ICQ – the popular instant messaging application – has a gaping security hole that can allow attackers to execute malicious code on the targeted system, says researcher Daniel Seither.
The flaw is affects the application’s automatic update mechanism, and affects all versions of ICQ 7 for Windows up to the latest one.
The problem lays in the fact that the application doesn’t verify the identity of the update server or the origin of updates through digital signatures or similar means.
“By impersonating the update server (think DNS spoofing), an attacker can act as an update server of its own and deliver arbitrary files that are executed on the next launch of the ICQ client,” explained Seither in a BugTraq post. “Since ICQ is automatically launched right after booting Windows by default and it checks for updates on every start, it can be attacked very reliably.”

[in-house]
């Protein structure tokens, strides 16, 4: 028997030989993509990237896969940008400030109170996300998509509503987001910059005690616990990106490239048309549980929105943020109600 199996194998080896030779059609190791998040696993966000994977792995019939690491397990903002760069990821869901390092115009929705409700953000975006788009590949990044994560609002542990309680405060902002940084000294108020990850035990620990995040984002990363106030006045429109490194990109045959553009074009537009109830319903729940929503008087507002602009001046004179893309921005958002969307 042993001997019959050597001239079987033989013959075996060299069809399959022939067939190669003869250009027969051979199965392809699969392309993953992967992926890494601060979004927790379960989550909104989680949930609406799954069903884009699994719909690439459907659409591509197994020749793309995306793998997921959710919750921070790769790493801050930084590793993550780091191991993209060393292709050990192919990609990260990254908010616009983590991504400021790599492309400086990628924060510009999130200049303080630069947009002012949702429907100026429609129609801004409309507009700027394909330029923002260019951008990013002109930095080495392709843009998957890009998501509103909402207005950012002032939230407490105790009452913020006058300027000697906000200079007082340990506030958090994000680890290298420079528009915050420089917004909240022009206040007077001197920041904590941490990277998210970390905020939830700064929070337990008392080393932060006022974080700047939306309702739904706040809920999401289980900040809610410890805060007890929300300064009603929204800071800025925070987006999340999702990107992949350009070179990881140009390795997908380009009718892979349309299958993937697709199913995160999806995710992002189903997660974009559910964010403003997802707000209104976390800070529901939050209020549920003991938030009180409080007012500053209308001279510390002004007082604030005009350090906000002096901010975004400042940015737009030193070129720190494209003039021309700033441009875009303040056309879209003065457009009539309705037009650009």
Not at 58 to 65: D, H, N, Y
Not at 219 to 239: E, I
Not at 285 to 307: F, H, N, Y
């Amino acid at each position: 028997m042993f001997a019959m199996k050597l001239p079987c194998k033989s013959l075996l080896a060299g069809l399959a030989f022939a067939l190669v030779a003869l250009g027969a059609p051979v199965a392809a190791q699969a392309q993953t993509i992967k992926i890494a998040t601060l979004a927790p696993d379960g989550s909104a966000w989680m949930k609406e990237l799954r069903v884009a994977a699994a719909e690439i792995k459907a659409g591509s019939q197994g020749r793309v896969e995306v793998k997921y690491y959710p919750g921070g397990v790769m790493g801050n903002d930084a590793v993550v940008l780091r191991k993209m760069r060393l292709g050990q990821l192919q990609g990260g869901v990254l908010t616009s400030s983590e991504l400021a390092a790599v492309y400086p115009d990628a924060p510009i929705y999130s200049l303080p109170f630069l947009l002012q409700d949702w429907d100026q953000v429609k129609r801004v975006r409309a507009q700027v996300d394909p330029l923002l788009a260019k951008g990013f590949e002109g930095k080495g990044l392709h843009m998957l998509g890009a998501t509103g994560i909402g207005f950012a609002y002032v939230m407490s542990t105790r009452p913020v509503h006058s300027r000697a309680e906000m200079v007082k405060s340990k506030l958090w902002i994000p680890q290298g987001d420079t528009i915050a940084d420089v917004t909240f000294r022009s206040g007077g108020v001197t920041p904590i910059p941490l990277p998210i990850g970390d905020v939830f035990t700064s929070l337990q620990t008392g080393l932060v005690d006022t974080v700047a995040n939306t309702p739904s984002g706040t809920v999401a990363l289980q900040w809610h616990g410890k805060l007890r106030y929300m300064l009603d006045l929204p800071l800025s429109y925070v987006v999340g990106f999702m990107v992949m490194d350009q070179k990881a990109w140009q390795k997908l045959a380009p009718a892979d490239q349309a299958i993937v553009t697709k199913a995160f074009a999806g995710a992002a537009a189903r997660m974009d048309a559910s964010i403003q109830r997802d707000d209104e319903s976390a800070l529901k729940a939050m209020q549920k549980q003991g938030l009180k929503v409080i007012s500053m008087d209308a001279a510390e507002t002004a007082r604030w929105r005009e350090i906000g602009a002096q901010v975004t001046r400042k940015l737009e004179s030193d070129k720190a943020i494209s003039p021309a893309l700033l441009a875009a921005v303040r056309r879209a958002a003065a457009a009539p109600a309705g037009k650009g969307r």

He even developed (and published) a PoC ICQ update builder and shared step-by-step instructions on how to run a HTTP server to serve the malicious updates.
Since there is no way to switch off the automatic updating mechanism, Seither advises users to stop using the application until a fix is issued.